The Bonebrake Reunion, which is held yearly on the Sunday nearest the birthday of Uncle Cornelius Bonebrake, took place in the Bonebrake Grove, six miles south of Veedersburg, last Sunday. Saturday was the 86th birthday of Uncle Cornelius, and all prsent congratulated him and expressed the hope of enjoying many more reunions with him. The day was warm and pleasant and nothing marred the delight of the occasion save the thought that several who were there last year had gone from this world and were awaiting the reunion in a better land.
Over 129 lined up at the dinner table and partook of a regular Bonebrake feast, and every one knows that cannot be beaten. W.M. Bonebrake of Columbus, Ohio, sometimes known as Chicken Will, was in hi8s glory and the marvelous deprerity with which he stripped piece after piece of friend chicken of the tender meat and deposited the bare bones at the foot of a tree behind .... Sam Bonebrake declares there are enough bones around that tree to make a sack of bone fertilizer. After the few bushels of chicken, pickles, salad, cake, pie, etc had been cleared away from the second table of 60 plates, a social time was had.
Jim Bonebrake president in his usual impressive manner and after a few introductory and welcoming words read letters from the following members of the Bonebrake clan who were unable to be present: Howard Bonebrake, Oakland, Calif; Lark Bonebrake, Los Angeles, Calif; Henry J and Cornelius Bonebrake, Pineville, Mo; Amos Zehring, Germantown, O; J.W. Baxter, WHite Pigeon, Mich and Clyde Bonebrake, Cutler, Ind. Short antiodotes, limited to three minutes, were made by W.M. Bonebrake of Columbus, O, and Randolph Bonebrake of West Lebanon, Ind. Miss Nellie Drollinger of Humboldt, Kan, gave a most interesting talk, and descriped a trip she made on a steamer from San Francisco. Grant Bonebrake gave a humorous description of Jim's and his own experiences in visiting the reunion of the Corn family at Marion, Ind last summer.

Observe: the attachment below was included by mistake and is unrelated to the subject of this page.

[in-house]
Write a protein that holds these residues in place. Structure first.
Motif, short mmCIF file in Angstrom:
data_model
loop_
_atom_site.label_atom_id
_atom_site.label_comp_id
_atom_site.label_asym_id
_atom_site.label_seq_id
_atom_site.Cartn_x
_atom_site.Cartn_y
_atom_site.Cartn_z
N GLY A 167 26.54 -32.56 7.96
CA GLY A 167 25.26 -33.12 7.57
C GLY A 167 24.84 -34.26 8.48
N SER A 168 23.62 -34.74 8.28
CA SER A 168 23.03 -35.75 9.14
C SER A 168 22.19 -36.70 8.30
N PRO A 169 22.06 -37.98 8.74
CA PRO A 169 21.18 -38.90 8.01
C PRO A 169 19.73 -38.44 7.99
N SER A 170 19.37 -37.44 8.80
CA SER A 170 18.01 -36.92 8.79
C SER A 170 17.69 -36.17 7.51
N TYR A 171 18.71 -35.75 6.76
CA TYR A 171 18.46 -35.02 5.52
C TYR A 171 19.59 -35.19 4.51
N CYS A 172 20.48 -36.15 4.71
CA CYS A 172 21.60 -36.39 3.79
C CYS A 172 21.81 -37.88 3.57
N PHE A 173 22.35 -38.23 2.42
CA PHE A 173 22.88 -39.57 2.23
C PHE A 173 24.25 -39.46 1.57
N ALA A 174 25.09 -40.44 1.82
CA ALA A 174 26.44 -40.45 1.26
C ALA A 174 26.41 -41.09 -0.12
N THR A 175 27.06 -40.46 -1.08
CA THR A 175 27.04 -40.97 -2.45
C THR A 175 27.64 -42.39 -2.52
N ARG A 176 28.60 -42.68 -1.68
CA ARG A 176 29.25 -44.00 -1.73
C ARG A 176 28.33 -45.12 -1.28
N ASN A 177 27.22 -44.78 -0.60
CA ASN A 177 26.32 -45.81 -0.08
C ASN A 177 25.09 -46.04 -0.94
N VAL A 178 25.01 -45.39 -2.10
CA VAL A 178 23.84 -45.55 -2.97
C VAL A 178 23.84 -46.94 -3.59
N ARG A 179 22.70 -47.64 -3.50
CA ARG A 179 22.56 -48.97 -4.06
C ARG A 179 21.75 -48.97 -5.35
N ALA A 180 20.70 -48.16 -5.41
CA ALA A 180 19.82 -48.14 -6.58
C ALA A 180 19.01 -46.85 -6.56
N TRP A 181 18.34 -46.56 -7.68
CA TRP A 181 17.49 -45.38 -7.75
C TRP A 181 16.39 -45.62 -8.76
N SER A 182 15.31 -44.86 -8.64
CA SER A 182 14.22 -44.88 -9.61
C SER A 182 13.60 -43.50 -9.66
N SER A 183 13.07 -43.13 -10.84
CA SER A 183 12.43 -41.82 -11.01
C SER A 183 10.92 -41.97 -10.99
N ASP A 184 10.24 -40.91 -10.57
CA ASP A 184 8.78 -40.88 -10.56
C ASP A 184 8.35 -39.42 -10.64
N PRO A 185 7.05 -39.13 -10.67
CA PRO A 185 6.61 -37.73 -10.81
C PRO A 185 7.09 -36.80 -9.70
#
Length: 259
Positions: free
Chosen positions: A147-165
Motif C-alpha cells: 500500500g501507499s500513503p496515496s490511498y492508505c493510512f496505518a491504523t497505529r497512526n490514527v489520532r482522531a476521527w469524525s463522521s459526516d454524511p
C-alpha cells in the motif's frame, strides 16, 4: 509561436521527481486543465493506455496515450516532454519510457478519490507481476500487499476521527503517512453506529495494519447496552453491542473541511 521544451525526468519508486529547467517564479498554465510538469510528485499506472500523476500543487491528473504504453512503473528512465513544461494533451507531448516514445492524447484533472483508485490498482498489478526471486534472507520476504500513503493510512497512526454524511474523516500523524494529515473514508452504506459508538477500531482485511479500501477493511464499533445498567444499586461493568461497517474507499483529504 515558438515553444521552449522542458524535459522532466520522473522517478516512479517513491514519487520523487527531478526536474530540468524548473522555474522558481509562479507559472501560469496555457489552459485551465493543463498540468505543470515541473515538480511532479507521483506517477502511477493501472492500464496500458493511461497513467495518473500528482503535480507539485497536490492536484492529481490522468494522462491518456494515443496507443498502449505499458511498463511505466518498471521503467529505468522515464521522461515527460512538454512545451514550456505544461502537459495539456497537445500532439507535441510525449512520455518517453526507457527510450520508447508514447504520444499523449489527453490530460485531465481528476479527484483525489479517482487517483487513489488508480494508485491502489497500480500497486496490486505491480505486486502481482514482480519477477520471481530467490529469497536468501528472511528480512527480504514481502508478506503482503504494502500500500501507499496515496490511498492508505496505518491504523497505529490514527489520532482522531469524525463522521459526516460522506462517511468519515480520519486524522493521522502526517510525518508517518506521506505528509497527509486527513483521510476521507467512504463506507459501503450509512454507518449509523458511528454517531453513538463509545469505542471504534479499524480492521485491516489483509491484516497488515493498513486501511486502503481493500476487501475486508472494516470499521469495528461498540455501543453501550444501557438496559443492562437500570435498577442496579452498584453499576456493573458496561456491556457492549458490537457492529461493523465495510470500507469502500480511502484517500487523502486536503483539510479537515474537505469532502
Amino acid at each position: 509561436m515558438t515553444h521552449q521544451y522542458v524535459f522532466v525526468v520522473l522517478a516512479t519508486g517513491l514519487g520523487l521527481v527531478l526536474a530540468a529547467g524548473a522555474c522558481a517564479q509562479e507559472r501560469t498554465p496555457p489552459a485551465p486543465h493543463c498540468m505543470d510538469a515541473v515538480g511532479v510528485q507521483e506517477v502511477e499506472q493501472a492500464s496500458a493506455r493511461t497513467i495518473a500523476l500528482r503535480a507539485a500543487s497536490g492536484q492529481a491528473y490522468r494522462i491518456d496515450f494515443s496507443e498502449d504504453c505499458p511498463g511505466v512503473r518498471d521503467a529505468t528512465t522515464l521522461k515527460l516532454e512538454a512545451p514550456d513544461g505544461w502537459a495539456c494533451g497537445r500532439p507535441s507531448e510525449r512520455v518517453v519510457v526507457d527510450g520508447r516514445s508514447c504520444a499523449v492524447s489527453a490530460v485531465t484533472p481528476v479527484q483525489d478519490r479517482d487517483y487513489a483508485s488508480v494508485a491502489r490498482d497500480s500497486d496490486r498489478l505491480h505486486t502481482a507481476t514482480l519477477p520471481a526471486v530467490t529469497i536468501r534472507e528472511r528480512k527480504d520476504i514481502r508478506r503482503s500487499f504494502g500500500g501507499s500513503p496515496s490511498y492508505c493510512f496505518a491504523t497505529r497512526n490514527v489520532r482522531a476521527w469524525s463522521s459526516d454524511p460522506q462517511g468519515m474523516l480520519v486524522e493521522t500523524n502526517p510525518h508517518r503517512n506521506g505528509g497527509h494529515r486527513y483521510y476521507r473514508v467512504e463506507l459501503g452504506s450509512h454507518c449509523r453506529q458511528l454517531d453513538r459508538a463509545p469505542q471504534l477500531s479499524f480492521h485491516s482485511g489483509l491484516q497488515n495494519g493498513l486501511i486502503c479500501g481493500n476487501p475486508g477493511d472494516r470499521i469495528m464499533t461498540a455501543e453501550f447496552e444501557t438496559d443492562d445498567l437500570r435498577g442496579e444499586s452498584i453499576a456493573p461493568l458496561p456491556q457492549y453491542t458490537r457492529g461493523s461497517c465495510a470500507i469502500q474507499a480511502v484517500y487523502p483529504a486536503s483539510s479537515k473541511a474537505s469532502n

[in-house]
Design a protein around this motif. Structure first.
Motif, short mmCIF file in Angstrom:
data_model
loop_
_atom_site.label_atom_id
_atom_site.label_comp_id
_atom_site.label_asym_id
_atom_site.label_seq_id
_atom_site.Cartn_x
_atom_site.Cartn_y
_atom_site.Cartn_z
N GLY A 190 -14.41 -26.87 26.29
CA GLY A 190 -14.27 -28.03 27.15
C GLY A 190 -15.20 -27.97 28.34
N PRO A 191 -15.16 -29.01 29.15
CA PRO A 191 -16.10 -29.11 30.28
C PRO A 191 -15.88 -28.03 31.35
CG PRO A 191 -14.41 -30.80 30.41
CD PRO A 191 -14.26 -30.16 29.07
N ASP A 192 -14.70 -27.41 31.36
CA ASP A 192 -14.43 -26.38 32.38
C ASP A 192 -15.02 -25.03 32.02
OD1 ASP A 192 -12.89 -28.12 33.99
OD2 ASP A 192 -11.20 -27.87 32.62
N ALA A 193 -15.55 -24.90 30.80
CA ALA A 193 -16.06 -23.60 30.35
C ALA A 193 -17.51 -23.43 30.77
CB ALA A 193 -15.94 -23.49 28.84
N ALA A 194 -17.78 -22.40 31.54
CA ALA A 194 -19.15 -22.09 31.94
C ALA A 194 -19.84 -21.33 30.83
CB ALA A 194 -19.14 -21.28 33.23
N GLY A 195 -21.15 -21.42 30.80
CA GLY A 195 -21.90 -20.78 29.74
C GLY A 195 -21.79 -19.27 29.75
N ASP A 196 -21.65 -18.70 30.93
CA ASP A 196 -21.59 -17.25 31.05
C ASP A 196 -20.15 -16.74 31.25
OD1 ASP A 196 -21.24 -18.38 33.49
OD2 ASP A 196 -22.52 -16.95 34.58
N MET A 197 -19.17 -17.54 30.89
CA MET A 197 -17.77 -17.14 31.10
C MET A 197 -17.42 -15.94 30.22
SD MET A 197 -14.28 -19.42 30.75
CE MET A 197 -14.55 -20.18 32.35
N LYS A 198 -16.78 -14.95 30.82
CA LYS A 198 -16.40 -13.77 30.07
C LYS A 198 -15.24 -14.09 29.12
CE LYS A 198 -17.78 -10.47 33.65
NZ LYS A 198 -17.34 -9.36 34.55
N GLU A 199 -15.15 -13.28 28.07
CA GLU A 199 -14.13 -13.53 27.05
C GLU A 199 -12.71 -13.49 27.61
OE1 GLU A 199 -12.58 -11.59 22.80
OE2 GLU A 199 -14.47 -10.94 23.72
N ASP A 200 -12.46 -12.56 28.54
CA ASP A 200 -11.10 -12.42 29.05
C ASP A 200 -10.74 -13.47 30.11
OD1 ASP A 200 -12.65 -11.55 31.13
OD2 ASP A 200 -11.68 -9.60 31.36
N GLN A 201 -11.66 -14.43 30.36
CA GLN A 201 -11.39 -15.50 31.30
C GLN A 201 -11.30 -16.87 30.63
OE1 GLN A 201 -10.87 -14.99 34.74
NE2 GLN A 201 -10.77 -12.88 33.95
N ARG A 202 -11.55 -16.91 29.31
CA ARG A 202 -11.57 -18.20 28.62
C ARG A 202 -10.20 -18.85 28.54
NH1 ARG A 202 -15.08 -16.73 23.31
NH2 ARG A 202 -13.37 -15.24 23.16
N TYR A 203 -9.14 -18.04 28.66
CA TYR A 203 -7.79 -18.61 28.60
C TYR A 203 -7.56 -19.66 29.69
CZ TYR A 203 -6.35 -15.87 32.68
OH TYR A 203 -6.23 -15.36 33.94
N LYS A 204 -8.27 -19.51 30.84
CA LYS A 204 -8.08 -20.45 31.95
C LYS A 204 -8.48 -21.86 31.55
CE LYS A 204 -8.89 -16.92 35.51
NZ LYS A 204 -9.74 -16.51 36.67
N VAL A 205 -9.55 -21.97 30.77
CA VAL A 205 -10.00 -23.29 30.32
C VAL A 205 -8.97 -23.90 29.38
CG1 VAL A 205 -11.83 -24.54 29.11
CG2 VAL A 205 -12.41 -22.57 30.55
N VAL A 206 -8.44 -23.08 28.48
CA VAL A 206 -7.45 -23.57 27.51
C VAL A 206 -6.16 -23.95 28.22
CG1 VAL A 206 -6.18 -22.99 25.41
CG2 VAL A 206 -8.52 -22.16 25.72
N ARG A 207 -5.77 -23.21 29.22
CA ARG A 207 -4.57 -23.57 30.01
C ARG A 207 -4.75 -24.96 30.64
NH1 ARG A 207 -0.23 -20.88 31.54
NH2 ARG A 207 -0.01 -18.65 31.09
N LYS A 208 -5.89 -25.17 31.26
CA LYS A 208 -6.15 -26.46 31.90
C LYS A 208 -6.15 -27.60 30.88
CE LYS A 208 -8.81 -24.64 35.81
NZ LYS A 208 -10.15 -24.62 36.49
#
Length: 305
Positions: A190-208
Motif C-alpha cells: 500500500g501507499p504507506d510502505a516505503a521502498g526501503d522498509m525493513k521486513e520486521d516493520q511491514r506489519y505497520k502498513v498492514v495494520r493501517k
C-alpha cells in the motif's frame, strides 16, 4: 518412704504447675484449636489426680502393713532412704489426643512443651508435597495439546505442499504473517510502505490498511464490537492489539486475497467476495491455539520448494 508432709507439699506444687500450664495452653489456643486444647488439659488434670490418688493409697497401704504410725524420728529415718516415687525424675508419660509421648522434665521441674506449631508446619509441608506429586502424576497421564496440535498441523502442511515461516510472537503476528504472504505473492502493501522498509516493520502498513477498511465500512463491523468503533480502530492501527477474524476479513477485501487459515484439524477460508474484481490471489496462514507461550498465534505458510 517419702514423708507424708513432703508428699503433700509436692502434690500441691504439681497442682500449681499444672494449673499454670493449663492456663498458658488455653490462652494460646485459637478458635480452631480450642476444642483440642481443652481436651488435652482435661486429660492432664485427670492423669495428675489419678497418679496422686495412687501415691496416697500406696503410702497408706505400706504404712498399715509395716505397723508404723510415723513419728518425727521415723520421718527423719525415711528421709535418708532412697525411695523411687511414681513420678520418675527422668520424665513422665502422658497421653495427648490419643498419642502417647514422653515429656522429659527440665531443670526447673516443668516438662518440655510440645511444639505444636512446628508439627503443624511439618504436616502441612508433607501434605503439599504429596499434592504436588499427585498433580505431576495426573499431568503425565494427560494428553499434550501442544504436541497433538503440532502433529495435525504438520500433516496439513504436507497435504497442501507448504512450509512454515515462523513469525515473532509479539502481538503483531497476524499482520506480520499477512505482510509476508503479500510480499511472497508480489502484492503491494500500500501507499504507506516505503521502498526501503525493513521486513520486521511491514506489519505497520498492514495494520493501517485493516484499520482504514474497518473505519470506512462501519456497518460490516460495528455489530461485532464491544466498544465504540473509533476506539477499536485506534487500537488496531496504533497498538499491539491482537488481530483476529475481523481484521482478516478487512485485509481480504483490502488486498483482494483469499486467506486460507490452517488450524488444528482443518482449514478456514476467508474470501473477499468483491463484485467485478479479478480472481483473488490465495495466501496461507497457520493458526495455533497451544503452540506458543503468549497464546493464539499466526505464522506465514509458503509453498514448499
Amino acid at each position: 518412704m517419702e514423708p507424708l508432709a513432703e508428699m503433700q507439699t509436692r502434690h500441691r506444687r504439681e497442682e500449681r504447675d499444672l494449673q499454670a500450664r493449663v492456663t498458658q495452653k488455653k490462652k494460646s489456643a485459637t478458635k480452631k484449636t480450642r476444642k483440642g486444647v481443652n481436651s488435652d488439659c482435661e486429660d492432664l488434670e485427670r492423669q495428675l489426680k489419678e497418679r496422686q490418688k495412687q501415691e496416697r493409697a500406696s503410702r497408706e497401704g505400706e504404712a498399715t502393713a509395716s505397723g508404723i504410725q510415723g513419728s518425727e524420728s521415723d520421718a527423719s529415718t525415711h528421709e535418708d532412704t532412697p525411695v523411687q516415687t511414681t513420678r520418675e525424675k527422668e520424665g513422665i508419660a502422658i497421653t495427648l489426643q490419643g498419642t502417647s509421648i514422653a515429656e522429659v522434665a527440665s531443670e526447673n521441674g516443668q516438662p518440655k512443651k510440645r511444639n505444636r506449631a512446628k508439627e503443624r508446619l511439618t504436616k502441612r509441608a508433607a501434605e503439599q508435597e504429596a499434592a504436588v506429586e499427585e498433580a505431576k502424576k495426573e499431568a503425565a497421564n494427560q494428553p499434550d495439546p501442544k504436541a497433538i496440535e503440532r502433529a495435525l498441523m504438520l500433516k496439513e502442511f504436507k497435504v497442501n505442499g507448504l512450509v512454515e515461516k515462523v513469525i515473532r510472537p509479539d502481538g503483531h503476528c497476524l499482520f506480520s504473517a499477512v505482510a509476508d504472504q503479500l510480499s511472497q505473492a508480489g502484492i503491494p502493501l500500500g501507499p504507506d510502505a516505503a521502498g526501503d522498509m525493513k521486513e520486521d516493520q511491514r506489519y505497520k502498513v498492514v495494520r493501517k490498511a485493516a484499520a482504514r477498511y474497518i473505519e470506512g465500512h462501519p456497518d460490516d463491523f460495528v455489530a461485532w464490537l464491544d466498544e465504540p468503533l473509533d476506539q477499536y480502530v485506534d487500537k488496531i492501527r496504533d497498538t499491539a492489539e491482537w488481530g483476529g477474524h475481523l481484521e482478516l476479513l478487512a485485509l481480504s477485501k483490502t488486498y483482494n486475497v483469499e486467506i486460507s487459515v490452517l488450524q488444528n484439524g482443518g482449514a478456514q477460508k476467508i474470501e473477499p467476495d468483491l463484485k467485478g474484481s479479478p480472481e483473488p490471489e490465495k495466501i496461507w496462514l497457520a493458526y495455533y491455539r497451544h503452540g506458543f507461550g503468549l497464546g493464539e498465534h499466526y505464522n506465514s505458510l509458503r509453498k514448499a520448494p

Miss Helen and Ruth BOnebrake of Columbus, Oh, took snap shots with a kodak at everything and everybody, especially Jim.
According to custom, the visiting members of the tribe were invited to inscribe their names in the Bonebrake records, and the following were taken therefrom: W.M. Bonebrake and wife, Harriet L, Columbus, O; their son George and daughters Helen and Ruth, Columbus, O; Margaret Bonebrake, Indianapolis, Ind; J.E. Stonehill and wife. Luther Myers and wife, Mrs. Harry Sagision and Philip Bonebrake of Brook, Ind; Grant Whaley and wife, Kentland, Ind; Mrs. Ray Bonebrake and two sons, Winot, N. Dak; Mrs. Ellen Wolfe, Bloomingdale, Ind; Randolph Bonebrake and Mr. Demoss and family, West Lebanon, Ind; Clark Myers and family, HUmrick, Ill; Charles Drollinger and wife and daughter, Nellie of Humbolt, Kan; C.A. Wallace and wife and son of Terre Haute, Ind; Fred Bonebrake of Eldorado, O; and James Bonebrake of Georgetown, Ill.
One of the family relics exhibited at the reunion was an ancient deed to the Bonebrake land, which bore the signatures of all the children of Dewalt Bonebrake, grandfather of Uncle Cornelius. The paper was brittle with age and could be handled only with great care.
W.M. Bonebrake who came through from Columbus, O, with his family in an auto, reports crops in Indiana far ahead of those in Ohio, owing to a shortage of rain at the right time in that state.
typed by kbz - sent from Sharen - thanks so much :)
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